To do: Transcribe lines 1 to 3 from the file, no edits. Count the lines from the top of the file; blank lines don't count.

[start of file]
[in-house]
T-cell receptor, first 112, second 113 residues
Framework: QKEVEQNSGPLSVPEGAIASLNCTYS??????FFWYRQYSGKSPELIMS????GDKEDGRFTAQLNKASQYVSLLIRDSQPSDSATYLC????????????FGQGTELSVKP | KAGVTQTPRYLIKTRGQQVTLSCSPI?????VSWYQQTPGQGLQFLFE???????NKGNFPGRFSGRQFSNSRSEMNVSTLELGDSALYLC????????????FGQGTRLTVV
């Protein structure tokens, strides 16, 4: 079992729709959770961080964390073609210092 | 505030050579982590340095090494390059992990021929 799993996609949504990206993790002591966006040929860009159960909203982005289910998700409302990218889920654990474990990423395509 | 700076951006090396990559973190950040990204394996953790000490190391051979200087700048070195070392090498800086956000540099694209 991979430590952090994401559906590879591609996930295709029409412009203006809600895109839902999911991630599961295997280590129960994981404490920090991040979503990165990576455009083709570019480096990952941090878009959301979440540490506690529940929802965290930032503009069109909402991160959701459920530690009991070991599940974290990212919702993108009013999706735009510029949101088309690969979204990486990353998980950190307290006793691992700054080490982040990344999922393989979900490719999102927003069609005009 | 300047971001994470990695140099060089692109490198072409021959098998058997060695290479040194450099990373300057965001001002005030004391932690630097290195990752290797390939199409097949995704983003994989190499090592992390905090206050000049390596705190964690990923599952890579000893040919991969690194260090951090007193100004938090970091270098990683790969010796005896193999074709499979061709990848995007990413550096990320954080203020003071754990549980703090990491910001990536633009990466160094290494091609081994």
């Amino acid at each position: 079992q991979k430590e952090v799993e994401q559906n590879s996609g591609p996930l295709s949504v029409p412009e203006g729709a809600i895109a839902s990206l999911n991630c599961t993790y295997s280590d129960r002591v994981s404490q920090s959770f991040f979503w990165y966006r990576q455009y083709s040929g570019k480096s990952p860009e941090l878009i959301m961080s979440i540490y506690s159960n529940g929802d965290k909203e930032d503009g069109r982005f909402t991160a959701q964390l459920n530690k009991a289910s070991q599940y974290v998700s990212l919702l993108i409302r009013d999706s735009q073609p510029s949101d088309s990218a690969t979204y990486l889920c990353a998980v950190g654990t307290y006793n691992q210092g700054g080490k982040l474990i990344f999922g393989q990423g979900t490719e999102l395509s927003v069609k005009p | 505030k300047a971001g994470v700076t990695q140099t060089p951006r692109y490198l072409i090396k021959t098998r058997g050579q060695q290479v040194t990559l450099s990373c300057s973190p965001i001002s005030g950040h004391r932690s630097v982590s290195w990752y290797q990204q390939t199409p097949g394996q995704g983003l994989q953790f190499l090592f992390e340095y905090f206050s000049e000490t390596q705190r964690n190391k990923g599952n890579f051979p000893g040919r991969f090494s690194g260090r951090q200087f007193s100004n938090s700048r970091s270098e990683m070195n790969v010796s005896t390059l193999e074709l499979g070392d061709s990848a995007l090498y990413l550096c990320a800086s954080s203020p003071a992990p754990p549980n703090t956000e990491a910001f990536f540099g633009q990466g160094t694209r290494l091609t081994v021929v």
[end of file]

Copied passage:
[in-house]
T-cell receptor, first 112, second 113 residues
Framework: QKEVEQNSGPLSVPEGAIASLNCTYS??????FFWYRQYSGKSPELIMS????GDKEDGRFTAQLNKASQYVSLLIRDSQPSDSATYLC????????????FGQGTELSVKP | KAGVTQTPRYLIKTRGQQVTLSCSPI?????VSWYQQTPGQGLQFLFE???????NKGNFPGRFSGRQFSNSRSEMNVSTLELGDSALYLC????????????FGQGTRLTVV